Skip to content
Join our Newsletter

Carrier Sekani delivering care packages to vulnerable P.G. residents

Carrier Sekani Tribal Council will be delivering care packages to vulnerable indigenous and non-indigenous people in Prince George starting on Saturday.
Chief Mina Holmes WEB
Carrier Sekani Tribal Council Tribal Chief Mina Holmes says the First Nation organization is looking to support vulnerable Indigenous and non-indigenous people in Prince George by delivering care hampers.

Carrier Sekani Tribal Council will be delivering care packages to vulnerable indigenous and non-indigenous people in Prince George starting on Saturday.

Carrier Sekani Tribal Chief Mina Holmes said the initiative is an expansion of community efforts already happening on reserves in the tribal council's seven member First Nations. The Carrier Sekani Tribal Council is a coalition of the Ts’il Kaz Koh, Nadleh Whut’en, Saik’uz, Stellat’en Takla Lake, Tl’azt’en and Wet’suwet’en First Nations.

"We're all in this together. Our big worry is the elderly and pensioners..  And single parents with limited incomes are of special concern," Holmes said. "We have care packages we'd like to start delivering on the weekend."

Holmes said she knows many people are self-isolating and can't easily get out to shop, and many people struggle to afford the food and essentials they need during normal times.  Many families who weren't struggling before the COVID-19 pandemic are now facing reduced work hours and layoffs, she added.

To nominate somebody to receive a care package, send an email to Alberta Alec at, or call or text 250-562-6279. Include the recipient's first and last name, phone number, email address, physical address for delivery, band membership if known or relevant, and the type of care package needed: elders and the elderly, families with children, couples and singles, or homeless people.

Care packages are expected to be delivered between Saturday and Tuesday.

Holmes also co-founded a Facebook group called COVID-19 Coming Together (Prince George), where Prince George residents can reach out and help each other get through the pandemic. The page can be found online at

"It's not easy asking for help," Holmes said. "(But) they can post what they need."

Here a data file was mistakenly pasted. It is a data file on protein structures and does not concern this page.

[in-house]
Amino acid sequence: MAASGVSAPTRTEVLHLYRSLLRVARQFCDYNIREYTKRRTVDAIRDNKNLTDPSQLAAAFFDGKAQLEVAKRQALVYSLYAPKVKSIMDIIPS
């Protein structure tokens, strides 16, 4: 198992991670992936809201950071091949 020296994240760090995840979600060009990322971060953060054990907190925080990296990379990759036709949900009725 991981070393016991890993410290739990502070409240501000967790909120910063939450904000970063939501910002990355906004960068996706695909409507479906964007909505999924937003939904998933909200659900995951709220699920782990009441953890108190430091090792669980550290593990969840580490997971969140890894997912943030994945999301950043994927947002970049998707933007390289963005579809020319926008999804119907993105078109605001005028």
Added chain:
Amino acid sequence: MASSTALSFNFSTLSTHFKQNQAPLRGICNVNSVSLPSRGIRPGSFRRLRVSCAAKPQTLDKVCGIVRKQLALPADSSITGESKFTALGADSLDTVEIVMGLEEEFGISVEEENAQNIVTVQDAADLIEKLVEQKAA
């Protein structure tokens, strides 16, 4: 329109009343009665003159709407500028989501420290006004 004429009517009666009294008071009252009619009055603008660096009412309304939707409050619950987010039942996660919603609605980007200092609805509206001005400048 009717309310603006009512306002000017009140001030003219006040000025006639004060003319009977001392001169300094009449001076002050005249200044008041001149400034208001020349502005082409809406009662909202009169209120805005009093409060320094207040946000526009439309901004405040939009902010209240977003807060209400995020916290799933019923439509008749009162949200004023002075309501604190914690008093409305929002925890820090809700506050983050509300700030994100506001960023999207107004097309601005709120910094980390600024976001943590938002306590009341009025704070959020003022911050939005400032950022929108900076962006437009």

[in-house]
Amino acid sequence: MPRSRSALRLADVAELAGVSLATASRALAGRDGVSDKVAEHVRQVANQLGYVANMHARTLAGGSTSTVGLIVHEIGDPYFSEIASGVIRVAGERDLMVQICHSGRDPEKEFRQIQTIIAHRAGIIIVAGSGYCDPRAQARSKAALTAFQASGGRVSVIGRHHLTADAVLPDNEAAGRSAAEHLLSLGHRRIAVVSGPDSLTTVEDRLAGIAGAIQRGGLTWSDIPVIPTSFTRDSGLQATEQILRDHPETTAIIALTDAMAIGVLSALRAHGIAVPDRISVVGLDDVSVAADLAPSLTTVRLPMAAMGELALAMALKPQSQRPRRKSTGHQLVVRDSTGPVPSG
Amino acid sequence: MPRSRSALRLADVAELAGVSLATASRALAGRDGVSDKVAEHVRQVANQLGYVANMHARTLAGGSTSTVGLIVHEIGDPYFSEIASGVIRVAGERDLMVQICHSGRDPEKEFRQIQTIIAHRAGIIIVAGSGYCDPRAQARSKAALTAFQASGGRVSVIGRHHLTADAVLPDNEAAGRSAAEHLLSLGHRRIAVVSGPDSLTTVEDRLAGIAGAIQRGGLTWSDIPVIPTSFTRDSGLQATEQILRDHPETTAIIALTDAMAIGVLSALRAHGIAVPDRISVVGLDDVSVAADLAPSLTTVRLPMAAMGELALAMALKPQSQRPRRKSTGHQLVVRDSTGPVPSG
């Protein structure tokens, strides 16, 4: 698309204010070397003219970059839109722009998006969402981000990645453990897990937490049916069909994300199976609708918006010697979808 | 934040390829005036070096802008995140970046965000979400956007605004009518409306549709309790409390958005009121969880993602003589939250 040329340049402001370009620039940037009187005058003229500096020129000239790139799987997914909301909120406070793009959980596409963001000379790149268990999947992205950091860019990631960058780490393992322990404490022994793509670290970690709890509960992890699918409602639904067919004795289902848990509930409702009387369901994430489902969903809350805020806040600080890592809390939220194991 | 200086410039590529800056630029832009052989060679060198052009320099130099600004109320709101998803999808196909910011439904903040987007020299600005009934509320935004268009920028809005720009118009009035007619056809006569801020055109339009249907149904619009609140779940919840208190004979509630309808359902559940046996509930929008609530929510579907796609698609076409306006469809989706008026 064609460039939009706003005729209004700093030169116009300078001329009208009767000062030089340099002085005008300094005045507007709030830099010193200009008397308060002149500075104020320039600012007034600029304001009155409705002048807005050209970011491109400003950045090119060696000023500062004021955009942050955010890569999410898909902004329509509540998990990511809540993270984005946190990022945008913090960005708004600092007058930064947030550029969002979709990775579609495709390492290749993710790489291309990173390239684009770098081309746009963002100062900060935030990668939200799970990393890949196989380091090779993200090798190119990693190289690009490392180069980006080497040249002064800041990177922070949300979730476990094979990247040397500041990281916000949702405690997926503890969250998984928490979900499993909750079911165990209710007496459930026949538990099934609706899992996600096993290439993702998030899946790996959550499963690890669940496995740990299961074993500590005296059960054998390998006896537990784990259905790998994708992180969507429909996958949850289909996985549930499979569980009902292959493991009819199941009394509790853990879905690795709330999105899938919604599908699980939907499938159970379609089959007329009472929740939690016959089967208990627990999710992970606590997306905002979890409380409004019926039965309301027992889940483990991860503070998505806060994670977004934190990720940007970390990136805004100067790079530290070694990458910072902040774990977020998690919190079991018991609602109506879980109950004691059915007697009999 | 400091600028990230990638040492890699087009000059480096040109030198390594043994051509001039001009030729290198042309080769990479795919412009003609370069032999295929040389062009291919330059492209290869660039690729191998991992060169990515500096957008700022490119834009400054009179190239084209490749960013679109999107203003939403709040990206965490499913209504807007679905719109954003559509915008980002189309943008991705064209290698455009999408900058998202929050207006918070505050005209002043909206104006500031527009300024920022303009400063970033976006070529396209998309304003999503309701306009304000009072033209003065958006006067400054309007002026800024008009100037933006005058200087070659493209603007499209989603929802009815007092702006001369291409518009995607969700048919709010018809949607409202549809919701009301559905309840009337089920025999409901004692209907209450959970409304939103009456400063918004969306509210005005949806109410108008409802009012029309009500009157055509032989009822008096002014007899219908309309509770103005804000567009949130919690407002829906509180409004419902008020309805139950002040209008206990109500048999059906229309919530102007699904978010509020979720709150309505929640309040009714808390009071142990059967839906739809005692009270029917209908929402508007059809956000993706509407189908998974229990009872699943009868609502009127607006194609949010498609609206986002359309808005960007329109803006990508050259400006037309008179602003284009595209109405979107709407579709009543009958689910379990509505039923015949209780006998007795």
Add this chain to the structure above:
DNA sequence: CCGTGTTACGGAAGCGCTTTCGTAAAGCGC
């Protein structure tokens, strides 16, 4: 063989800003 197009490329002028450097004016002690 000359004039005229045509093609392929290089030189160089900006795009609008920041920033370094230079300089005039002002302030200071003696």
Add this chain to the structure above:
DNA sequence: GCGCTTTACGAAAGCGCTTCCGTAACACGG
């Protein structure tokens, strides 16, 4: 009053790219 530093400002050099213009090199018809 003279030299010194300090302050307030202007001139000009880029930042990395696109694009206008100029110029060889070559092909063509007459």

People have posted asking for help with things like groceries, diapers, baby formula and other essentials, and members of the community able to help have stepped up to help their neighbours in need, she said.



Like all communities in Canada, First Nations are grappling with the impact of the COVID-19 pandemic and trying to respond to the ever-changing needs, Holmes said.

"They're all in crisis management mode right now," Holmes said. "They're setting up road checks... encouraging people to stay home, wash your hands."

The Carrier Sekani Tribal Council is also doing the best it can to reach out to members living off reserve, to offer what support they can, she said.

"It's really important that people have current information and accurate information," Holmes said.

The tribal council has been reaching out to youth to offer support and providing information on crisis lines they can call if they need to talk to someone, she said. First Nations youth have the highest rate of suicide in Canada, and the social distancing measures being enforced could leave vulnerable youth feeling alone and unsupported

Many First Nations administrative offices are closed or running on limited hours, and some staff have been given the option to take a layoff or altered duties.

"This has changed the way we do business. Work has not slowed down one bit," Holmes said. "My schedule has not slowed down at all. Although I am self-isolating, and working from home."

First Nations' businesses also have been hit hard, the same as businesses throughout Prince George, Canada and the world, she said.

"Everyone is experiencing the struggle to make payroll and minimize layoffs," she said. 

push icon
Be the first to read breaking stories. Enable push notifications on your device. Disable anytime.
No thanks